Our long-term goal is to understand how humans perform natural tasks given realistic visual input. Object perception is critical for the everyday tasks of recognition, planning, and motor actions. Through vision, we infer intrinsic properties of objects, including their shapes, sizes, materials, as well as their identities. We also infer their depths and movement relationships to each other and ourselves, as well as determine how to use this information. The remarkable fact is that the human visual system provides a high level of functionality despite complex and objectively ambiguous retinal input. Current machine vision systems do not come close to normal human visual competence. In contrast, our daily visual judgments are unambiguous, and our actions are reliable. How is this accomplished? Our conceptual approach to this question is motivated by our previous work on object perception as Bayesian statistical inference, and its implications for how human perception gathers and integrates information about scenes and objects to reduce uncertainty, resolve ambiguity and achieve action goals. Our experimental approach to this question grows out of our team's past accomplishments in using behavioral techniques such as interocular suppression, high-field functional magnetic resonance imaging and analysis, and Bayesian observer analysis of human behavioral performance. We combine our conceptual and experimental approaches to address a new set of questions. In three series of experiments, we aim to better understand: 1) the relationship between cortical activity and the perceptual organization of image features into unambiguous object properties and structures (Within-object interactions);2) how visual information about other objects and surfaces reduces uncertainty about the representation of an object's properties and depth relations (Between-object interactions);and 3) whether and how information and uncertainty may be processed differently depending on the viewer-object interactions demanded by task, as predicted by theory (Viewer-object interactions).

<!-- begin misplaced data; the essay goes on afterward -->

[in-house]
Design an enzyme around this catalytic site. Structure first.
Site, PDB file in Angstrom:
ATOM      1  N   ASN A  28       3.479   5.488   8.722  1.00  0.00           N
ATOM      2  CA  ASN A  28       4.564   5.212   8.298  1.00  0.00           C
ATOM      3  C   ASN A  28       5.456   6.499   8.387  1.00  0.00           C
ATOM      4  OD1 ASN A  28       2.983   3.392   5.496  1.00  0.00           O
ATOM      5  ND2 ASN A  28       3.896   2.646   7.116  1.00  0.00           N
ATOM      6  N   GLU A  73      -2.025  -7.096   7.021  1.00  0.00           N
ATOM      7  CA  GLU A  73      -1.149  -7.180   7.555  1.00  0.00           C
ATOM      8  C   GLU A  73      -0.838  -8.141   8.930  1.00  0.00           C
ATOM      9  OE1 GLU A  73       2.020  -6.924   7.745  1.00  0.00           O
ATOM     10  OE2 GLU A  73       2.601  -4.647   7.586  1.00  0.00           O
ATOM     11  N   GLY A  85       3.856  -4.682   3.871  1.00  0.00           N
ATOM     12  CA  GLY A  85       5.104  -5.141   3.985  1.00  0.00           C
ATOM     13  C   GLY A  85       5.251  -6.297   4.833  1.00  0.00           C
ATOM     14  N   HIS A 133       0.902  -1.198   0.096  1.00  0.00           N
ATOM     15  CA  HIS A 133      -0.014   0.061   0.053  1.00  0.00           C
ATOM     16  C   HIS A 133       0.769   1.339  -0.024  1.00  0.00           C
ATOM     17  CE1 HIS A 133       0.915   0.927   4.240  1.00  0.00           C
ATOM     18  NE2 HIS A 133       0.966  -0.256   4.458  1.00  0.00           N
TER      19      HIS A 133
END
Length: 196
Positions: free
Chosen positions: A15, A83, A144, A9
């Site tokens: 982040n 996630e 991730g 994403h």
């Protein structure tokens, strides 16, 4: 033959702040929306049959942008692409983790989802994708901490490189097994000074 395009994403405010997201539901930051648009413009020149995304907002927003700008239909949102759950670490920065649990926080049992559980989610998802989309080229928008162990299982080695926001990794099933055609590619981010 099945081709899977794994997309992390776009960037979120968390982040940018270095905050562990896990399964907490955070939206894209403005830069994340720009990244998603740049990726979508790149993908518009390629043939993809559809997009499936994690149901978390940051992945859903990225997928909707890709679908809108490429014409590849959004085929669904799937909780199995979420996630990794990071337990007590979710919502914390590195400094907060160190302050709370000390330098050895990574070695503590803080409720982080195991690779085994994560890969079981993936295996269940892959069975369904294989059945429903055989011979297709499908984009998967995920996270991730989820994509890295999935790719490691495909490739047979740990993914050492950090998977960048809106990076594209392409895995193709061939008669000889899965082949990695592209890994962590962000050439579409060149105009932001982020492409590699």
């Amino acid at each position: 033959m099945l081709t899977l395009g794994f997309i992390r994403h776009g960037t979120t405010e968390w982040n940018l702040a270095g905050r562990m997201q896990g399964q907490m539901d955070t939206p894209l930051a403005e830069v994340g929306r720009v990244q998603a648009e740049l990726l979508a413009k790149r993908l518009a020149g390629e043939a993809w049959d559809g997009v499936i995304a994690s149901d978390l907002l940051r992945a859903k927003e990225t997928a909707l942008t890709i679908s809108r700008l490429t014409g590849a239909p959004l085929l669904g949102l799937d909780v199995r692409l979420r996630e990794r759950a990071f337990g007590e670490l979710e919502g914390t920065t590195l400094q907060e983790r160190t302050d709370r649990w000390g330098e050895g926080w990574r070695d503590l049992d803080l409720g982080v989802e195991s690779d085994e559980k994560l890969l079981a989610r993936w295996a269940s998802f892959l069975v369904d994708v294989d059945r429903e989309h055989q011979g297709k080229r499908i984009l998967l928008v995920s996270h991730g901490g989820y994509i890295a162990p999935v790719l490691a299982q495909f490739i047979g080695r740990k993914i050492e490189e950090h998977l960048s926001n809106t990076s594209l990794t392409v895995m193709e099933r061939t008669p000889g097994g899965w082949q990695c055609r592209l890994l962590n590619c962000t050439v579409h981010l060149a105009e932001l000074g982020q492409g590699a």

Our research uses behavioral, brain imaging, and computational methods to investigate how the human visual system organizes perceptual information into objects and object relationships, and how that information is used for actions. We expect our results to provide knowledge that will help us to understand circuitry patterns within and among visual areas and pathways in the brain and their relationships to visual functions. Deficits in such circuitry are believed to underly a number of clinical problems including amblyopia, object agnosia, and schizophrenia.
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